Grass leys did have a lifespan, but when a particular field was not responding there may be other underlying factors limiting performance, said Chris Duller, IBERS Grassland Development Centre (pdf), Aberystwyth, at one of the BGS, DairyCo show seminars.
“Regular soil analysis can identify these areas and improve nutrient efficiency, potentially reducing nitrogen application rates,” said Mr Duller.
“If you simply use less nitrogen, you will get less grass growth, ultimately leading to many farmers having to buy in more cake – forget opting for cheap, poor quality fertiliser or buying less and growing less. The key is to improve nutrient efficiency. There are massive savings to be had by improving soils”
It was not necessary to sample all fields at once, he said, but aim to get round the whole farm every 5-6 years. This would allow you to assess whether soil indices were at the targeted 2 or 2- for P and K and pH 6-6.5.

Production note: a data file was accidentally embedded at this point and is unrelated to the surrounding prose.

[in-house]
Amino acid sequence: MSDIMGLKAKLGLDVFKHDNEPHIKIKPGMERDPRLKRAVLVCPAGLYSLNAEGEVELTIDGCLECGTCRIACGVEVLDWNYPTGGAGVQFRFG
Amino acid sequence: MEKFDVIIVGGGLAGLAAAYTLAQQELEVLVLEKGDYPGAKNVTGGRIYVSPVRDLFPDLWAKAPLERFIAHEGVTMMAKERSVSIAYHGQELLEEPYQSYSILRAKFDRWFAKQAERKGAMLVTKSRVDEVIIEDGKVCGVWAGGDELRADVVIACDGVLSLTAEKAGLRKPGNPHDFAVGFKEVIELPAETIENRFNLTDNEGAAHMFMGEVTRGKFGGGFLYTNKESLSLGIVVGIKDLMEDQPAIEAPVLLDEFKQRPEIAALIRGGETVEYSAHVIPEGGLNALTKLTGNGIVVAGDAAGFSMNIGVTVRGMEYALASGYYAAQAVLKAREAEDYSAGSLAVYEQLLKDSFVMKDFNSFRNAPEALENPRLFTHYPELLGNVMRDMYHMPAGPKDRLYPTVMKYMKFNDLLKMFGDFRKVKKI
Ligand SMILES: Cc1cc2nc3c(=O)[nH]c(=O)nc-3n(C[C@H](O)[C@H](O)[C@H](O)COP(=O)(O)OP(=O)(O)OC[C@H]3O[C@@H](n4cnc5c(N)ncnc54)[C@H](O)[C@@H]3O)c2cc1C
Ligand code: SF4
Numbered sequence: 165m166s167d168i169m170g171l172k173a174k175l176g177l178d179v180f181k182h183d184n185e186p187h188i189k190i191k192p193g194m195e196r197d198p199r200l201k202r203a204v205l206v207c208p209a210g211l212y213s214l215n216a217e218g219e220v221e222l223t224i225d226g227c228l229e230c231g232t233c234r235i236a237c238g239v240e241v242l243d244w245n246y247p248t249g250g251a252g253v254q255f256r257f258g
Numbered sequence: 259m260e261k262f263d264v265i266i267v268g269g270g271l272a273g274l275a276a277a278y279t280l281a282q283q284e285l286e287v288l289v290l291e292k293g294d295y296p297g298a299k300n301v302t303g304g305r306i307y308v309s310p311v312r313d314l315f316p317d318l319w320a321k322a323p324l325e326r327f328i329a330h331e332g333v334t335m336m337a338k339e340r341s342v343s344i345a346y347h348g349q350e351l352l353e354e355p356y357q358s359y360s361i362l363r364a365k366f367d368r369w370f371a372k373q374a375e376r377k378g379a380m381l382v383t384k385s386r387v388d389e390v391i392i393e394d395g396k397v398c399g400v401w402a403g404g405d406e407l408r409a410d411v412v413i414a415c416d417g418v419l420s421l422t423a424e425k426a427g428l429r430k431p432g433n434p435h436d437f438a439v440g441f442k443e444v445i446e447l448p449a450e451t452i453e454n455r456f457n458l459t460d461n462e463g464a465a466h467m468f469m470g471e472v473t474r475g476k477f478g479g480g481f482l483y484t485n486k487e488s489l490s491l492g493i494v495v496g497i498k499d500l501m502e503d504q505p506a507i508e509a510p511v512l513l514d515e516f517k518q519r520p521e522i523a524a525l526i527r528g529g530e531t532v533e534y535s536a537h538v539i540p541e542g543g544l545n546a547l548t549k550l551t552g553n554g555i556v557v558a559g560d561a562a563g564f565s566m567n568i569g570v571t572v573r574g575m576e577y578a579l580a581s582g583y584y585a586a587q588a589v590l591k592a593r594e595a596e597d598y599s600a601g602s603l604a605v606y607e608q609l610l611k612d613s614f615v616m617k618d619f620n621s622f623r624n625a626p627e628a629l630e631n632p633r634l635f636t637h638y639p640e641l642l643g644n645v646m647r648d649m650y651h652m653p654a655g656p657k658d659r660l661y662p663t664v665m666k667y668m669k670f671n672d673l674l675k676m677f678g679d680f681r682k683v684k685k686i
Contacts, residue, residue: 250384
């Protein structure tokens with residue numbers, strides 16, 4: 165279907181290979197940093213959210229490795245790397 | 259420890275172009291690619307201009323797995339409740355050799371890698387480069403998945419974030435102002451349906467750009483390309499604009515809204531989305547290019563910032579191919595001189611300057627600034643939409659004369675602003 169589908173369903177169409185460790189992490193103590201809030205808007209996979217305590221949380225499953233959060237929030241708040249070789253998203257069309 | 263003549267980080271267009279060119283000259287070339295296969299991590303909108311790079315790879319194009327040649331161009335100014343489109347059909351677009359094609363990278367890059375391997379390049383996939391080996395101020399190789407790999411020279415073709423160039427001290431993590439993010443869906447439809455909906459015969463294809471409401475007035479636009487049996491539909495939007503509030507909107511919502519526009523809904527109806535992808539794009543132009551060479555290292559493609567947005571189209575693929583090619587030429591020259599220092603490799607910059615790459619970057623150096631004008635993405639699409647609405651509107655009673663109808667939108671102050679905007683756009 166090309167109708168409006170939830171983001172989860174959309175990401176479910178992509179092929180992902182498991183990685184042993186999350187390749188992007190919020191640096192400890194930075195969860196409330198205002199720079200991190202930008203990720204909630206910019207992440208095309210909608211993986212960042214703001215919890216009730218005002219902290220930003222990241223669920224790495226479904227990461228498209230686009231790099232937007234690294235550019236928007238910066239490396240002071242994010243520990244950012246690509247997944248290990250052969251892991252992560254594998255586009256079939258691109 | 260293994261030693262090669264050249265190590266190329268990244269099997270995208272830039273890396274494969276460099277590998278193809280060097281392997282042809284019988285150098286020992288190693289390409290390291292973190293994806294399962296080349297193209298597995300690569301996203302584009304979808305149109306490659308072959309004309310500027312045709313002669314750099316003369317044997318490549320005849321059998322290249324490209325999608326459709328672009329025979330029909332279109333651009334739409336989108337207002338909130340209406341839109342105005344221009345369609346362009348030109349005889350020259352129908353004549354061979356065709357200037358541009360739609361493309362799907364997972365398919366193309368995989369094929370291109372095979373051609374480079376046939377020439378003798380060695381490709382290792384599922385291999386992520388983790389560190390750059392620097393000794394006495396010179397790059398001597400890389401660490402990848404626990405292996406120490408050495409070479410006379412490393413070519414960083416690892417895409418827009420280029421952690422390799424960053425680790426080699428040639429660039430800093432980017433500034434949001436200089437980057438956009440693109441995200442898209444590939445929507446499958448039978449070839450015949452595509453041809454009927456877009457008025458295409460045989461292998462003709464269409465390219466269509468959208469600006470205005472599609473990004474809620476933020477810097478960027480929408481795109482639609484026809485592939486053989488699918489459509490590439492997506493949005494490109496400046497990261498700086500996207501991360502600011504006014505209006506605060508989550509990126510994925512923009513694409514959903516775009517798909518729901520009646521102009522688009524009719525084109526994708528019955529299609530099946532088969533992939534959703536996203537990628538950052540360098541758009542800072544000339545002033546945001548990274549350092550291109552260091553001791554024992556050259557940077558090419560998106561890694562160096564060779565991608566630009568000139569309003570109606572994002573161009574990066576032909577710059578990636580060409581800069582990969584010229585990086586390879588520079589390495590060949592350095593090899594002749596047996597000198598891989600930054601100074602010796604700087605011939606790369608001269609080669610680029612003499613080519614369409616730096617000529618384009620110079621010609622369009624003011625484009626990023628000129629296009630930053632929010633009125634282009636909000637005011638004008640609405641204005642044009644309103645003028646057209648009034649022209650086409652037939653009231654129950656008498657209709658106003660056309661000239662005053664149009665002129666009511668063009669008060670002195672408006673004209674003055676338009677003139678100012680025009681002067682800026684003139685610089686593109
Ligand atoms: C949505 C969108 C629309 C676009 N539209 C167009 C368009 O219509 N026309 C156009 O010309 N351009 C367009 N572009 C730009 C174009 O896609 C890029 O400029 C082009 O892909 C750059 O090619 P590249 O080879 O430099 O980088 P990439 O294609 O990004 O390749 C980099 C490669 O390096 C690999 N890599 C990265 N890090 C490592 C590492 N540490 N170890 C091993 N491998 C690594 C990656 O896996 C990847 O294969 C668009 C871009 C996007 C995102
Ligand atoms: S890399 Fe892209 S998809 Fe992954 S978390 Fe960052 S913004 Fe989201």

“If you fail to maintain indices, sward competitiveness will decrease leading to a higher weed burden. Incorrect pH levels will also limit the availability of P and K and other trace elements.”
Field-specific nitrogen application could also save you money. “Many farmers use the same application rates for all fields, but the way individuals leys react to the same level of nitrogen will vary depending on the age of the sward and grass constituents.”
Old leys would not respond as well to nitrogen application as new leys. “If you are going to cut back on nitrogen, do so on old leys not new leys.
“Walk individual fields – dig a hole and assess soil compaction and root depth and react to analysis results to formulate a plan of action for each field.”
First cut was a good time to assess grass for sulphur levels. “Soil sulphur deficiency can lead to suppressed grass growth caused by reduced nitrogen utilisation efficiency. Analysing levels after first cut will allow you to react before second and third cut.”